What I do not plan to do tomorrow is to go right back into overdrive mode to try to clean up a couple of months of lack of weeding in a couple of hours worth of work. I am slowly, every year, improving on what I’m doing out there to continually lessen the aggravation that is weeding, which will leave me more time to tend to the actual plants, do bug and worm hunts, and keep the plants productive for whatever their lifespans may be.

This weekend, I plan to start a new flat of tomato seeds, to see if I can squeeze in another planting. I tried this last year, but it didn’t work out well, as I started the flat too late for them to get going after transplant. This time, I’ll start earlier, and pick varieties that won’t (or shouldn’t) immediately keel over in August, the month of hellishness down here, and that have shorter maturity times, as it doesn’t make much sense to try to get a 90-day post transplant seedling to produce when that’s cutting to the very edge of what is the norm here toward the end of the year. I’ll also be doing some brassicas: broccoli, cauliflowers of different colors, and brussels sprouts, which I hate but other members of the family enjoy quite a lot.

Saturday is also July 1, the start of CampNano.  CampNano is a twice a year event put on by the same people who bring NaNoWiMo (National Novel Writing Month) to life once a year in November.  The goal for participants in NaNoWriMo in November is to write 50,000 words toward a novel during that month. CampNano, which opens in April and July, is a bit looser, and allows for almost any any kind of creative activity: revising, editing, writing poetry or nonfiction or essays music or pretty much anything else. There is no set target word count; each participant sets their own goal(s), whether that is to complete a revision, write/create x hour(s) a day or week, write something completely new, and so on. Participants are sorted into cabins, and can choose to create a cabin and have friends join it, or allow CampNaNo to assign participants to a random cabin, or to a cabin with other people in the same genre or pursuit.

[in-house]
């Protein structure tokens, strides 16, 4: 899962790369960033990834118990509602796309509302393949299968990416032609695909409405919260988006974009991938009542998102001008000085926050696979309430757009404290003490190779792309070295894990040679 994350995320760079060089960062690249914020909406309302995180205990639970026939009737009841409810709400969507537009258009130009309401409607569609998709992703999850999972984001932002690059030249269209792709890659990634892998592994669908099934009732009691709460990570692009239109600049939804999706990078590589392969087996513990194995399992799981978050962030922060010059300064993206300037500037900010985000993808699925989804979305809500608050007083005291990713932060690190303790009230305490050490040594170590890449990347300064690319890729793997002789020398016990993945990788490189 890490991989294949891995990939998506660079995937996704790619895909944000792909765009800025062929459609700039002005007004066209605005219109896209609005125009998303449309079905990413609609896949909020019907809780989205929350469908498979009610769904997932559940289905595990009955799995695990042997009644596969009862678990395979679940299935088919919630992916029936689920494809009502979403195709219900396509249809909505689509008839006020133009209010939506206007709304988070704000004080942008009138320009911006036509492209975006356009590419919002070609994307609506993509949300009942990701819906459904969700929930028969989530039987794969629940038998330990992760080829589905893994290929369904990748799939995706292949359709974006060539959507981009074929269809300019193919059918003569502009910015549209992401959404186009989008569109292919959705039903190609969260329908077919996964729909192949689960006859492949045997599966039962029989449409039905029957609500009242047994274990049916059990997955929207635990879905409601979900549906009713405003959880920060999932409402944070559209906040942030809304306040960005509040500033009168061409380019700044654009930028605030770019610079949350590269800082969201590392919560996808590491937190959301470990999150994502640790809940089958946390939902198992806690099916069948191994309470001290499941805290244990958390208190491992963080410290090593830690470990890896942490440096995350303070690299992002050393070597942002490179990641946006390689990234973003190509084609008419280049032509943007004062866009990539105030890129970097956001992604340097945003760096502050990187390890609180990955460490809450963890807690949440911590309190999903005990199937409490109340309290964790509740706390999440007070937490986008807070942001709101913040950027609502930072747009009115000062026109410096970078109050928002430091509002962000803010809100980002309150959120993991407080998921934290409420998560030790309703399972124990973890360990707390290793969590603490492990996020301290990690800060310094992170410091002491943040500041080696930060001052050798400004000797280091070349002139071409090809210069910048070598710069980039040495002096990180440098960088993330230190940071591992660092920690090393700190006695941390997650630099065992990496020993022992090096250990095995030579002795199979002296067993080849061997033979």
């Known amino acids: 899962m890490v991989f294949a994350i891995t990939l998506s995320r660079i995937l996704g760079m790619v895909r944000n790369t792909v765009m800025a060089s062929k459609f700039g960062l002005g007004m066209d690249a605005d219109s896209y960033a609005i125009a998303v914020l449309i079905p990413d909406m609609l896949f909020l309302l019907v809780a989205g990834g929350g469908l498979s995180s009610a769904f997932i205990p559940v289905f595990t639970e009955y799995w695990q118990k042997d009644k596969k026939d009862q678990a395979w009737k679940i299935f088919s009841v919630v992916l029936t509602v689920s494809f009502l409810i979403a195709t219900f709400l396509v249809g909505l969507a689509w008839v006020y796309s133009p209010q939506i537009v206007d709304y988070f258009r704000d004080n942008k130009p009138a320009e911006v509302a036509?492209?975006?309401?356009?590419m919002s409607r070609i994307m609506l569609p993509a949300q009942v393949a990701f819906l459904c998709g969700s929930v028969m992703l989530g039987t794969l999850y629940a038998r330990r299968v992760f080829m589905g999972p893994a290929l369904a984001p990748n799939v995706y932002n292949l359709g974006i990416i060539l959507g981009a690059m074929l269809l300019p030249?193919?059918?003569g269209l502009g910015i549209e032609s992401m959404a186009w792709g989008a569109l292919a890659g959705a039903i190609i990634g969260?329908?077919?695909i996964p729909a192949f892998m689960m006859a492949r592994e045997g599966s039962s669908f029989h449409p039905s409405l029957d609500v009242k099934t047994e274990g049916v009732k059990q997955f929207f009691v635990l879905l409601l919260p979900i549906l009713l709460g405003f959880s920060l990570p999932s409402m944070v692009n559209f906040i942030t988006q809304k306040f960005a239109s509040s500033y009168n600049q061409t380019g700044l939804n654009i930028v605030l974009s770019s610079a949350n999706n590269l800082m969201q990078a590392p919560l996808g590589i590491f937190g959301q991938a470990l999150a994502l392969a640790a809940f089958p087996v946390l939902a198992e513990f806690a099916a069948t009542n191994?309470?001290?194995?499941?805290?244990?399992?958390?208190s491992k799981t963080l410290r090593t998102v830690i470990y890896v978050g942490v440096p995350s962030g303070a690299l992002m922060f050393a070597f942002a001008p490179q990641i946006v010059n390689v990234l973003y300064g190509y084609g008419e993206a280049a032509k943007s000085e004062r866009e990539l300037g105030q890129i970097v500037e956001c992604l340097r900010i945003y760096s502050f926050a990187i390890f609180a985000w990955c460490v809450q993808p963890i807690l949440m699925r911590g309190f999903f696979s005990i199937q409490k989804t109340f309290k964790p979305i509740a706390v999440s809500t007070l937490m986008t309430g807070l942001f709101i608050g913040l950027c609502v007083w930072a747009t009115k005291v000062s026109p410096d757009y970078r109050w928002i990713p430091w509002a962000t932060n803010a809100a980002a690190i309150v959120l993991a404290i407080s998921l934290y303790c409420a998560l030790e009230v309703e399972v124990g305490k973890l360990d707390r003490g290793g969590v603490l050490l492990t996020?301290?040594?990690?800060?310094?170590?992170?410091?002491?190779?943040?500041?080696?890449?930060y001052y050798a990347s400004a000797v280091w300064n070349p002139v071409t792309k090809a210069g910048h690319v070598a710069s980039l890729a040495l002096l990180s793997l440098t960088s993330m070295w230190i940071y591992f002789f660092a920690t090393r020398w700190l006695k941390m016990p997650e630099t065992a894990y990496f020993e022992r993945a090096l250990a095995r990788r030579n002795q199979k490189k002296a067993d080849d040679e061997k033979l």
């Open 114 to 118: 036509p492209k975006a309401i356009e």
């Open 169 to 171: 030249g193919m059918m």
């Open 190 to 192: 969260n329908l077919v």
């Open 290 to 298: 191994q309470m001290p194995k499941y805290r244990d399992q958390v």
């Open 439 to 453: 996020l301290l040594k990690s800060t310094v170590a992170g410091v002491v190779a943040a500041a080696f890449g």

I decided to throw my name into the participation bucket and I opted for them to group me with other people working on novels in my chosen genre (mystery, for this first book). A quick check this evening shows that there are 15 of us in the cabin, and I think that means we’re full up.  Time for us all to introduce ourselves, I suppose. For my goal, I want to complete the first draft of this thing that’s banging around in my head pretty completely. Those piles of notes in the picture from one of the previous posts does not actually contain a narrative outline for this book, because it’s almost fully formed in my head; however, I do plan on writing that narrative tomorrow or Friday to see how the scenes flow together on paper the way they do in my head. That way, I can pick out what doesn’t seem to work as well as I thought, rearrange it, and the story will be better for it, I’m sure.

If you’re an artist of some kind, you might want to check out CampNano. If you’re a novel(la) person, you might also want to check out NaNoWriMo in November, too.

For me, if this next month works out well, I may very well just start making every month a NaNoWriMo, in the same way I’m treating CampNaNo as one. After all, I have plenty of ideas.

Reinsertion

We’ve had the circus in town at the ranch: a few weeks of my sister, her toddler, and her three month old, in from Germany, staying here. That, naturally, brings in my other sister, her son, and HER toddler to the ranch on an almost daily basis, as everyone visits.  It’s a little insane.

Tuesday now, and the trio is off for the many-houred flights to get back across the ocean, the other trio is settling back into their usual routine, and the ranch is quiet again (except for the snoring of the big guy under my chair).

That should mean a return to my routine as well, but my routine has been, as we all know, shot to hell this year.